I have to admit I have a bias – I hate being called a “senior.” When I think of that term, I think of my father (who is 87) or people in their 70s, not people who are in their 50s. And yet, I find after reaching middle age and going through the menopausal transition that I am paying more attention to the term “senior” when it talks about quality of life because I want to make sure that the decisions that I make support a quality of life and healthy aging. And I expect the same from policymakers, whether at the federal, state or local level.
Therefore, I was very interested in seeing the new report, “America’s Health Rankings Senior Report: A Call to Action for Individuals and Their Communities,” that was just released by the United Health Foundation, which is comprised of the American Public Health Association and the Partnership for Prevention. The report is designed to provide data on today’s seniors that will be useful so that the nation, states, local communities and families can take action to improve senior health.
A Wake-Up Call for Middle-Aged Women
This report uses four categories encompassing a total of 34 measures of senior health: Behaviors (smoking, chronic drinking, obesity, underweight, physical activity, dental visits and pain management); Community and Environment (poverty, volunteerism, high-rated nursing homes, social support, food insecurity and community support); Policy (low-care nursing home residents, creditable drug coverage and geriatrician shortfall); and Clinical Care (dedicated health care workers, recommended hospital care, flu vaccine, health screenings, diabetes management, home health care, preventable hospitalizations, hospital readmissions, hospice care and hospital deaths). Additionally, the report analyzed eight outcomes – Intensive Care Unit usage, falls, hip fractures, health status, able-bodied seniors, premature deaths, teeth extractions and mental health days.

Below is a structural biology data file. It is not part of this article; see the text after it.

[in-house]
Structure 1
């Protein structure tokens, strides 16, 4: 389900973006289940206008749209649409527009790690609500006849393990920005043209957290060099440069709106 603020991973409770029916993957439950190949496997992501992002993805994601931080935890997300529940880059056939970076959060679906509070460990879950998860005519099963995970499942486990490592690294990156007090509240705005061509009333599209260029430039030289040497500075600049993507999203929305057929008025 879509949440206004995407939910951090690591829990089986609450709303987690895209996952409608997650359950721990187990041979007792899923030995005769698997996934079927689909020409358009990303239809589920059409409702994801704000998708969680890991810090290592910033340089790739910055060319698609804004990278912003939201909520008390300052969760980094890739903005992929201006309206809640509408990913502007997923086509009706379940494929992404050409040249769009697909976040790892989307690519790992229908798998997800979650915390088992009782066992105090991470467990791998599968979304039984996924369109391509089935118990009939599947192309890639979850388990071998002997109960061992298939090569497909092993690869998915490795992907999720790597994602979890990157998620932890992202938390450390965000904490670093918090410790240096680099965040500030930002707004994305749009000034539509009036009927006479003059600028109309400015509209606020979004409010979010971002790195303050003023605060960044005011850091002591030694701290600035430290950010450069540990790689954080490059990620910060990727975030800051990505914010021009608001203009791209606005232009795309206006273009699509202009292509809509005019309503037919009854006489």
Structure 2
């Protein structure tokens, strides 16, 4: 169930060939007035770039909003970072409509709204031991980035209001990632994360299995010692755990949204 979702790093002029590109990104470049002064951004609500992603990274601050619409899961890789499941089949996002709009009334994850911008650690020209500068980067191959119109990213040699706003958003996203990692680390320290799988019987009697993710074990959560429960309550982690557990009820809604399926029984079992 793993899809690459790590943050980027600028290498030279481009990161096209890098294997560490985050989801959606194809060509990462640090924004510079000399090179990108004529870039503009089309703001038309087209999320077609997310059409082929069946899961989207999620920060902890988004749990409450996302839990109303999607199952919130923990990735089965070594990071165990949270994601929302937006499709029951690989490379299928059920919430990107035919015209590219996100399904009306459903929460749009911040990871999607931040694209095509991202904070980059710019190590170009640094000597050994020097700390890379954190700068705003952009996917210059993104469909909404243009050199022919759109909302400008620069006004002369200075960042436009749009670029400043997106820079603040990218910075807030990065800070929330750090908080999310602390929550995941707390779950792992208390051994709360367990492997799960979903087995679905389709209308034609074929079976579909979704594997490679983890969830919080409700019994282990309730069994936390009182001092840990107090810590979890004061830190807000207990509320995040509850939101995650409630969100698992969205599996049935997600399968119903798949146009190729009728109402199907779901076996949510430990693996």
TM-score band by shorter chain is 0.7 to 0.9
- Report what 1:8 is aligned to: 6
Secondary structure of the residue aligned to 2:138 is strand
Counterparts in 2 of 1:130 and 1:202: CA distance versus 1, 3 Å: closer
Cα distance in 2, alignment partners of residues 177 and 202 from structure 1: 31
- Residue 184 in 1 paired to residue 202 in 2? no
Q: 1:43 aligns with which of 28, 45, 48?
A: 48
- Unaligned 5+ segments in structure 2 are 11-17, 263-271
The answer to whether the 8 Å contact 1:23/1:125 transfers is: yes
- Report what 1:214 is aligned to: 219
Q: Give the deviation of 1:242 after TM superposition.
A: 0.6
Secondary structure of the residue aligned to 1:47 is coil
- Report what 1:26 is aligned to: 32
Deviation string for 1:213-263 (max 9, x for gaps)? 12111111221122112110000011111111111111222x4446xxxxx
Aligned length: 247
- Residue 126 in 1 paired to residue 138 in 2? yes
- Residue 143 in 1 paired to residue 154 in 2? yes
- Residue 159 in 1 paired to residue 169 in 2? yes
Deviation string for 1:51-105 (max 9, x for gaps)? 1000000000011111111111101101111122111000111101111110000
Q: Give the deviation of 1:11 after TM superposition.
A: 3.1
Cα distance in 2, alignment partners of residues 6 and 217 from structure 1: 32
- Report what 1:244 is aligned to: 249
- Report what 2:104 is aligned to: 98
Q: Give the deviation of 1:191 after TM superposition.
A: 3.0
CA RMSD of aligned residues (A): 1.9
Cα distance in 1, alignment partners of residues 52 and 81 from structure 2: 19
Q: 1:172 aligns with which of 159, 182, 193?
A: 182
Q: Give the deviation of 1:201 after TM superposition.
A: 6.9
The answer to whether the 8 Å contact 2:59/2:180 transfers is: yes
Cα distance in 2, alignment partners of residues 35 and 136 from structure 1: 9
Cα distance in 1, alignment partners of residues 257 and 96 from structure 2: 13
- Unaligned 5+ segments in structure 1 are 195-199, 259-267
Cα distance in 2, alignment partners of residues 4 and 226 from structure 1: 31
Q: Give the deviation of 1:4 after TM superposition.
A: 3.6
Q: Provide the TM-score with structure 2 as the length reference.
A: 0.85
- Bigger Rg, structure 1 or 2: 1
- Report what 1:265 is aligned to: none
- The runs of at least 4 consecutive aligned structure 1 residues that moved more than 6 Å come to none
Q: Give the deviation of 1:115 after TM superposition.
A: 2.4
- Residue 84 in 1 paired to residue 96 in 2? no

The report also identified specific challenges that the United States will face -- and there’ s a big one regarding people our age. “Nationally, the self-reported health status of the middle-aged population has decreased slightly from 1995 to 2010 with 1.7 percent fewer adults age 50 to 64 reporting very good or excellent health,” the report states. “This drop in health status is far more precipitous in some states than others, with nearly 13 percent fewer adults in Louisiana and New Mexico reporting very good or excellent health.” The report points out that states that have the greatest declines should expect to face additional challenges in the near future as the 50-64 year-old population that describes itself as less healthy ages.
In addition, the report ranks states based on the data, indicating where seniors are the healthiest both because of their individual status as well as their having access to key health and community resources.
Minnesota had the top ranking overall among all the states. The remaining states (from 2-50) were: 2. Vermont; 3. New Hampshire; 4. Massachusetts; 5. Iowa; 6. Hawaii; 7. Connecticut; 8. Colorado; 9. Utah; 10. Maryland; 11. North Dakota; 12. Delaware; 13. Maine; 14. Nebraska; 15. Oregon; 16. Washington; 17. Pennsylvania; 18. Kansas; 19. South Dakota; 20. Wisconsin; 21. Virginia; 22. Arizona; 23. New York; 24. Idaho; 25. California; 26. Michigan; 27. New Jersey; 28. Ohio; 29. North Carolina; 30. Florida; 31. Rhode Island; 32. Indiana; 33. Missouri; 34. Wyoming; 35. Montana; 36. South Carolina; 37. Illinois; 38. New Mexico; 39. Texas; 40. Alaska; 41. Tennessee; 42. Nevada; 43. Georgia; 44. Alabama; 45. Kentucky; 46. Arkansas; 47. West Virginia; 48. Louisiana; 49. Oklahoma; and 50. Mississippi.
“Looking across the 34 measures in America’s Health Rankings Senior Report, we see how important it is for people to explore the data and investigate where states are excelling and where they are falling behind,” said Dr. Reed Tuckson, senior advisor to the United Health Foundation, in a press release. “All states have their share of strengths and challenges, and we must make a concerted effort to learn from one another and replicate what works.”
Primary Sources for This Sharepost:
America’s Health Rankings. (2013). New report: Minnesota healthiest state for seniors. United Health Foundation.
America’s Health Rankings. (2013). 2013 Senior Report. United Health Foundation.
Published On: May 31, 2013